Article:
The Islamic Cultural Center: A Failure in Storytelling

Power in politics turns on being able to simultaneously control attention to an issue while also defining the terms of debate. A golden rule is to define yourself and your initiative before your opponents do. These underlying dynamics that drive the strategic communication process help explain the escalating firestorm over lower Manhattan's Islamic Cultural Center.


The terms of the debate were set early on by conservatives.  Seeking a wedge issue to inflame their base in the Fall elections, they seized on the opportunity to frame the lower Manhattan Islamic Cultural Center--located 2 blocks from the former World Trade Center site--as "building a mosque on ground zero." 

That now ubiquitous phrase, a powerful frame device, stirred passion among a conservative base, activating a growing latent Islamophobia. Conservatives now have their signature issue heading into the Congressional Midterms and Democrats are left playing defense. The term has stuck, no matter how much mainstream journalists and others work to shift perceptions and the language of the debate.

But could things have been different?  As Washington Post staff writer Paul Farhi discusses in an analysis piece in Sunday's Outlook section, the controversy was enabled by the failure of the Islamic Cultural Center to anticipate conflict and to tell their story before their opponents.

The article is an excellent read and primer on strategy.  Fahri also discusses the responsibility of journalists on this issue.  Yet he skips over an important question: recognizing attempts to distort and inflame, why did it take so long for major news organizations to add context to the affair?

Following the 2004 election, there was much debate about news organizations showing greater responsibility and quicker action on correcting claims and providing context. Writing at the Columbia Journalism Review, Brent Cunningham proposed that journalism needs a rhetoric beat. I think it is a proposal that merits careful revisiting.

What do readers think? Did the Cultural Center allow itself to be exploited? Did journalists fall too quickly into the rhetorical trap?

Here are key excerpts from Farhi's article:

Calling the proposed Islamic cultural center in Lower Manhattan a "Ground Zero mosque" stirs up a far more passionate response on either side of the issue than calling it "an Islamic cultural center and mosque in Lower Manhattan." Strictly speaking, the proposed 13-story edifice at 51 Park Place isn't exactly a mosque, at least not as that term is generally understood (domes, minarets, etc.), and certainly isn't going to be a mosque that's 13 stories tall.

The proposed building would contain many things -- a cooking school, basketball courts, a swimming pool, child-care facilities, a restaurant, a library, an auditorium, a Sept. 11 memorial (!) and, yes, a Muslim house of worship, or mosque. It would be located two blocks from a corner of the Ground Zero site, in a neighborhood already packed with places of worship, including another Muslim prayer house that predates the events of Sept. 11, 2001.

Read the preceding paragraph and ask yourself: Doesn't "Mosque at Ground Zero" sound more like the sort of thing that could get opponents like Newt Gingrich to declare the project "a political statement of radical islamist triumph"?...

...Politicians, revolutionaries, editors and advertisers have long understood the power of a single word to recast and reframe an issue to explosive effect. By calling the estate tax the "death tax," conservatives broadened a narrow debate over the obligations of wealthy families into a question of taxation for all. Similarly, "pre-owned" vehicles sound a lot nicer than "used" ones....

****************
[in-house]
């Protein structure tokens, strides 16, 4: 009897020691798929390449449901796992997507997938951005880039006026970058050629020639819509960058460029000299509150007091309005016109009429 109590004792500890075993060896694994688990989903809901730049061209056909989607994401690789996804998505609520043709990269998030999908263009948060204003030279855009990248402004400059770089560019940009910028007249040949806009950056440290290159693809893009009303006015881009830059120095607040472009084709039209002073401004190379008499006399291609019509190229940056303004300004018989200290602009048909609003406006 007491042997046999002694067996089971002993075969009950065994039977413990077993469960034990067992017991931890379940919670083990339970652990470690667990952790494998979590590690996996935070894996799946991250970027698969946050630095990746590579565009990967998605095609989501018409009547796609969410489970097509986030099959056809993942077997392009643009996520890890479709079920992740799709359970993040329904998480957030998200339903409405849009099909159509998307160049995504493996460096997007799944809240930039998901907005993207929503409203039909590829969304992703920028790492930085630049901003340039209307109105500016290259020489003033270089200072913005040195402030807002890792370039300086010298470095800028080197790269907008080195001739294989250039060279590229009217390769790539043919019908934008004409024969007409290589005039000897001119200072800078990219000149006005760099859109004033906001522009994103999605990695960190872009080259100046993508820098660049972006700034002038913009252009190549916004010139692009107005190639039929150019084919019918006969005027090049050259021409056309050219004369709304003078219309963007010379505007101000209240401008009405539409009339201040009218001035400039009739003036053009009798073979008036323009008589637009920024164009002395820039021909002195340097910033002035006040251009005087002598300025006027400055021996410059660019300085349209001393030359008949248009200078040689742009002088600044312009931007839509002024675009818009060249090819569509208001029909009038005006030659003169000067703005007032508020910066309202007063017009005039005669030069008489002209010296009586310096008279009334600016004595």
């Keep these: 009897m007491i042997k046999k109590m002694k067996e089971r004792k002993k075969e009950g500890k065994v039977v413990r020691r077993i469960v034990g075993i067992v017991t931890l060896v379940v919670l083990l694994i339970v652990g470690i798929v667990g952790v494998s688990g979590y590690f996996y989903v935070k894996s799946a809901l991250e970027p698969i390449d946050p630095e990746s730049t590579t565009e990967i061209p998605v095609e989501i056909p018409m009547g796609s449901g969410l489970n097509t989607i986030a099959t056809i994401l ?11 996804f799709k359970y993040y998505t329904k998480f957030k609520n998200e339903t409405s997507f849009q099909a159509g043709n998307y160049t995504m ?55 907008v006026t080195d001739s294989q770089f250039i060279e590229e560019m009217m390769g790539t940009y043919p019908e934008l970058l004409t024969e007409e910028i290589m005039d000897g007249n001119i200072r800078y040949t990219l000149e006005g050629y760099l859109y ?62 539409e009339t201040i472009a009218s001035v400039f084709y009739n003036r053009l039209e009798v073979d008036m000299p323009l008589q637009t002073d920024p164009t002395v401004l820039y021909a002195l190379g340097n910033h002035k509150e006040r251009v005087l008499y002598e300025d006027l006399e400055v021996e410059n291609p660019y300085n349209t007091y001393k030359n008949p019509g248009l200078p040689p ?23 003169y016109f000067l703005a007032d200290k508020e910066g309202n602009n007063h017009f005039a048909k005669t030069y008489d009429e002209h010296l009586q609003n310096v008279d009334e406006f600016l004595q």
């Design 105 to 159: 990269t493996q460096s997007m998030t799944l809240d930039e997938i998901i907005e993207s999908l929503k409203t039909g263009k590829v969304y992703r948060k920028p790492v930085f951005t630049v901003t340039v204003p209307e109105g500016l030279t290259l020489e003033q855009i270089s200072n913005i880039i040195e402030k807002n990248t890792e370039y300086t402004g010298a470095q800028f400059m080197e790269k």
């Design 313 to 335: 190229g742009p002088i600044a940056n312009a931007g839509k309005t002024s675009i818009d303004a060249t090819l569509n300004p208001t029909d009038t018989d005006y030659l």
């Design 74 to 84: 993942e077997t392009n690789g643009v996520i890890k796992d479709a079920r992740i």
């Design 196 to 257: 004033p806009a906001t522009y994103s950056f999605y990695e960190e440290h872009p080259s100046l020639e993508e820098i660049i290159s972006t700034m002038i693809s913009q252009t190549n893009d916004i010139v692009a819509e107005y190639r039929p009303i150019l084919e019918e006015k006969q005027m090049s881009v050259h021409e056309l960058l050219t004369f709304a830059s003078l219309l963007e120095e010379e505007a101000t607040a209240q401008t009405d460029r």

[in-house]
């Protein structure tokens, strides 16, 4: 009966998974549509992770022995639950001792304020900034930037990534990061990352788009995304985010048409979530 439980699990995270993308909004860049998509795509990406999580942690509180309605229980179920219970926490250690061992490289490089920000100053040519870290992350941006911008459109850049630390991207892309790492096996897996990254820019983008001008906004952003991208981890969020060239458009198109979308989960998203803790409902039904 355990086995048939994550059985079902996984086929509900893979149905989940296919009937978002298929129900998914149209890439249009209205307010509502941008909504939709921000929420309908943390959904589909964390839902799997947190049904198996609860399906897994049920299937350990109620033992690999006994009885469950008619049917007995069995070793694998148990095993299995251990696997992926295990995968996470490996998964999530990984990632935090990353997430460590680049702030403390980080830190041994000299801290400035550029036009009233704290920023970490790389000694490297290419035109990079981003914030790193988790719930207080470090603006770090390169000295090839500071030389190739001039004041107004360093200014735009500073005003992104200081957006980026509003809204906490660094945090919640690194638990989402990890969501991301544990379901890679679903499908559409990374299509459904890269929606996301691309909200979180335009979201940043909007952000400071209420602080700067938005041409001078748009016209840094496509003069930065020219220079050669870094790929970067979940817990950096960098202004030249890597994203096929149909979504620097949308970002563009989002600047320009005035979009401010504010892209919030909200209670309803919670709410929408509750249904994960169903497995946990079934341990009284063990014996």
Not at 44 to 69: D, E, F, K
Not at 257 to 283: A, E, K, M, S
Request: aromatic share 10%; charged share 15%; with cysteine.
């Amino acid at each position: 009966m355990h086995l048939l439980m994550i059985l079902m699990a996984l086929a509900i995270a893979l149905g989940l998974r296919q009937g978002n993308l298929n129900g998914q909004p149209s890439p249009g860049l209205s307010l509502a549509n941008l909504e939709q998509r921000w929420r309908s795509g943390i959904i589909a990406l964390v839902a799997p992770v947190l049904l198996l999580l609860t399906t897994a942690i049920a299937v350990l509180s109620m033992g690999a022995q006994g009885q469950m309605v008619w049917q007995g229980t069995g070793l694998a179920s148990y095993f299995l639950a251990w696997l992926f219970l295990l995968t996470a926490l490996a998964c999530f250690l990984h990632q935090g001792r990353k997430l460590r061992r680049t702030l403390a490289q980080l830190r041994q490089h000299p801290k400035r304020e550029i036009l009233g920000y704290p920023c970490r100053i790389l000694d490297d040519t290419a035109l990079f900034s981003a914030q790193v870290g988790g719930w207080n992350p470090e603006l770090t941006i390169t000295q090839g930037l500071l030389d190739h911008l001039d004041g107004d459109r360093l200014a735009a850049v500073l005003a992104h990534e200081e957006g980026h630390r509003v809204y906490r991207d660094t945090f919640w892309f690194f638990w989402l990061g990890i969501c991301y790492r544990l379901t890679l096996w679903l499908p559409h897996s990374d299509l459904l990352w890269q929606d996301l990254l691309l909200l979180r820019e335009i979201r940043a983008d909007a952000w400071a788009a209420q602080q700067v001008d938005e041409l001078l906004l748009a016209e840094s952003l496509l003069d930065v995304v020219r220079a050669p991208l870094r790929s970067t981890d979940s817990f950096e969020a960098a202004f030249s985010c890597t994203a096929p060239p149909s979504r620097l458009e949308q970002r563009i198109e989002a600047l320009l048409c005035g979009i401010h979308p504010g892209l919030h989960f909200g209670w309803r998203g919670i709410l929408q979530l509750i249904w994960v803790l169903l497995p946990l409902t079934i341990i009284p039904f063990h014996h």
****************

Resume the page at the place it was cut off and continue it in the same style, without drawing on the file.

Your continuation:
...In Washington, naming a piece of legislation is a dark semantic art, fraught with deception and political manipulation. No matter what their flaws or merits, on name alone, it's hard to be against something called "the Patriot Act" or the "the Clean Skies Act." Calling anything a "reform" or "progressive" initiative implies that the reform is necessary or that opponents are regressive....

...Corporations try to play the opposite game. Instead of bland neutrality, they spend millions of dollars annually on names they hope will evoke a positive, emotional connection with consumers, says Hayes Roth, the chief marketing officer of Landor Associates, a company that creates names for marketers and organizations.

Ideally, he says, a great brand name is connected to "a great story." Apple, for example, is an ingeniously simple and resonant name for a computer because it suggests simplicity, familiarity and ease of use, all attributes for a potentially intimidating device like a computer.

This is where the promoters of the downtown Islamic cultural center/mosque may have let events slip beyond their control, he suggests: They didn't come up with a name that would have blunted the emotional uppercut of "mosque near Ground Zero."

The project's original name, Cordoba House, simply confuses the issue, Roth argues. "Most people will think of a town in Spain if they think anything at all," he says. But that name also plays on the fears raised by opponents; the Great Mosque of C?rdoba was built on the site of an early Christian church about 1,100 years ago, then rebuilt as a Catholic church a few centuries later after the resurgence of Christianity.

While C?rdoba also became known for its tolerance of Christians, Jews and Muslims, the name can just as easily be linked to interreligious conflict and conquest -- the kind of historic "triumph" that Gingrich is protesting. "It's not a clean story," Roth says. "If the idea of the building is to honor religious freedom in general and respect for others and to remember 9/11," the name doesn't convey that. Nor does the project's new, anesthetized name, Park 51.

Indeed, Roth says, the entire controversy might have been averted if the organization behind the project had selected a name that recognized the neighborhood as the site of epic tragedy and conveyed unassailable, inarguable intentions, using words like "memorial," "reconciliation," "international," "interfaith" or "understanding."

Not coincidentally, Landor recently completed work on logos and brand identifiers for the National September 11 Memorial & Museum, located at Ground Zero. Landor's shorthand "identity" for the project is simple and to the point and unlikely to raise any hackles at all: "9/11 Memorial."

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Yale scientists restore brain function to 32 clinically dead pigs